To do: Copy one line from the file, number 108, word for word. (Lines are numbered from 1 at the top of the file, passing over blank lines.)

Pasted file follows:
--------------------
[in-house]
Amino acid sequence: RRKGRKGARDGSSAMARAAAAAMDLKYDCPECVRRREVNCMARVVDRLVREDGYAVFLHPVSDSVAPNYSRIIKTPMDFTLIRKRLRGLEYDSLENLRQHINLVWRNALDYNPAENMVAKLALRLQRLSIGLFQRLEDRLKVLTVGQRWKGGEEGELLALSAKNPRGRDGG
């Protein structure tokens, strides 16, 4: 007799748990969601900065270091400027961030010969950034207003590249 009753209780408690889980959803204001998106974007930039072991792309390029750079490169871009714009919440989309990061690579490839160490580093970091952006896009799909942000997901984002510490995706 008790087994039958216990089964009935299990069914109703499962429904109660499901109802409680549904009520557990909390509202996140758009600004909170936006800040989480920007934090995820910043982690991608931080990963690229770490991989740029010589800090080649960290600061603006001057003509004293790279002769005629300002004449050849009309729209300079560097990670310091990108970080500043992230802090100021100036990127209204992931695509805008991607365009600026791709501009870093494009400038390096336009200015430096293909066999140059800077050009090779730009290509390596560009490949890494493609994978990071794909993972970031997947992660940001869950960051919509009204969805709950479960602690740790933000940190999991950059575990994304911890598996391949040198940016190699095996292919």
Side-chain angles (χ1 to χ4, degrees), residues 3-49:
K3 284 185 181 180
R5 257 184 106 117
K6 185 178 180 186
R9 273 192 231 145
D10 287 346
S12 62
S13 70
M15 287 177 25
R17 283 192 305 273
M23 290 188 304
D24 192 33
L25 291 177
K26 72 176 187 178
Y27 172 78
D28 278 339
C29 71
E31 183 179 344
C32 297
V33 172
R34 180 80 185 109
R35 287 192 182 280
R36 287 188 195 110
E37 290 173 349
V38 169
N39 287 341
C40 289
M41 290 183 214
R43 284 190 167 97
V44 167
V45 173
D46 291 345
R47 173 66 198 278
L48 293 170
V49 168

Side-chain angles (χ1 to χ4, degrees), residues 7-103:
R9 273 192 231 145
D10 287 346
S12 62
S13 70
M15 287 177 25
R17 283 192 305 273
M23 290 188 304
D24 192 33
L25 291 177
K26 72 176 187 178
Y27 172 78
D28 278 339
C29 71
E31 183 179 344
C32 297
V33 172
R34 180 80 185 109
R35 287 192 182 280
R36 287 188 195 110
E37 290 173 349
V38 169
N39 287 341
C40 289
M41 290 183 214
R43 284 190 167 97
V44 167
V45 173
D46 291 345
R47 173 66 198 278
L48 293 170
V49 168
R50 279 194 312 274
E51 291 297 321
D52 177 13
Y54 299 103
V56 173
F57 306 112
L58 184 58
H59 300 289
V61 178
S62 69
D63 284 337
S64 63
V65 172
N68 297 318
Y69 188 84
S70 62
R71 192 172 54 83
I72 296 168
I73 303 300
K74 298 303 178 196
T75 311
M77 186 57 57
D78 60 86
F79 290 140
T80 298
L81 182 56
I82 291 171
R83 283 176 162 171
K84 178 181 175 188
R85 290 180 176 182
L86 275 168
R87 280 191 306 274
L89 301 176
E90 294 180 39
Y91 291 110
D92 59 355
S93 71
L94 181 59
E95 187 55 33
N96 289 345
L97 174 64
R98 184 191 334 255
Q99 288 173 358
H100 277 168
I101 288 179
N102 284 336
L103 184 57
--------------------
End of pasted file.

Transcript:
L94 181 59